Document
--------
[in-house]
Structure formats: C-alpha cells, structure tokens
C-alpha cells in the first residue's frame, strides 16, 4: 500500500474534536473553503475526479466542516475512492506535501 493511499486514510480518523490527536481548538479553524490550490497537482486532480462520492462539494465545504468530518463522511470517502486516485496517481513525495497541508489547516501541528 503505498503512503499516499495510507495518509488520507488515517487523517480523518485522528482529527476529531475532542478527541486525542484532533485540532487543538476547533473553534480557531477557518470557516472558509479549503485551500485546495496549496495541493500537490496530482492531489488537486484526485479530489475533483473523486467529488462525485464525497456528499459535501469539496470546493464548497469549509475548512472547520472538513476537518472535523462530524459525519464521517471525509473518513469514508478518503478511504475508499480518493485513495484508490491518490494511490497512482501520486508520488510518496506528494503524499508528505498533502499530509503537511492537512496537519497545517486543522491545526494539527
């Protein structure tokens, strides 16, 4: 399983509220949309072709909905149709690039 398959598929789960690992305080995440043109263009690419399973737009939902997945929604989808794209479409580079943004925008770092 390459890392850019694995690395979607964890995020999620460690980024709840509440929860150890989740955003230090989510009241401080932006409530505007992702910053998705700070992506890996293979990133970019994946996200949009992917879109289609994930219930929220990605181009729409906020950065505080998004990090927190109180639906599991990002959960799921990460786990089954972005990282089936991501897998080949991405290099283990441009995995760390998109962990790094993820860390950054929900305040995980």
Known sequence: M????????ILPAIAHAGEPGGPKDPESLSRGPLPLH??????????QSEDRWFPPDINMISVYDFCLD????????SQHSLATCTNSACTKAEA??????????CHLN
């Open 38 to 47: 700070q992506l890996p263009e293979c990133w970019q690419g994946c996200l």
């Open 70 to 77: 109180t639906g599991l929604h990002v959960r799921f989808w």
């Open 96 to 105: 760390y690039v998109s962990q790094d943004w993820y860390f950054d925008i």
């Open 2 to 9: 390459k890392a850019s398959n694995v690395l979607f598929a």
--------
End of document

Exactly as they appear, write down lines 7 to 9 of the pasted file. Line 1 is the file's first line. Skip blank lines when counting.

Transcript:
């Open 70 to 77: 109180t639906g599991l929604h990002v959960r799921f989808w």
């Open 96 to 105: 760390y690039v998109s962990q790094d943004w993820y860390f950054d925008i």
């Open 2 to 9: 390459k890392a850019s398959n694995v690395l979607f598929a």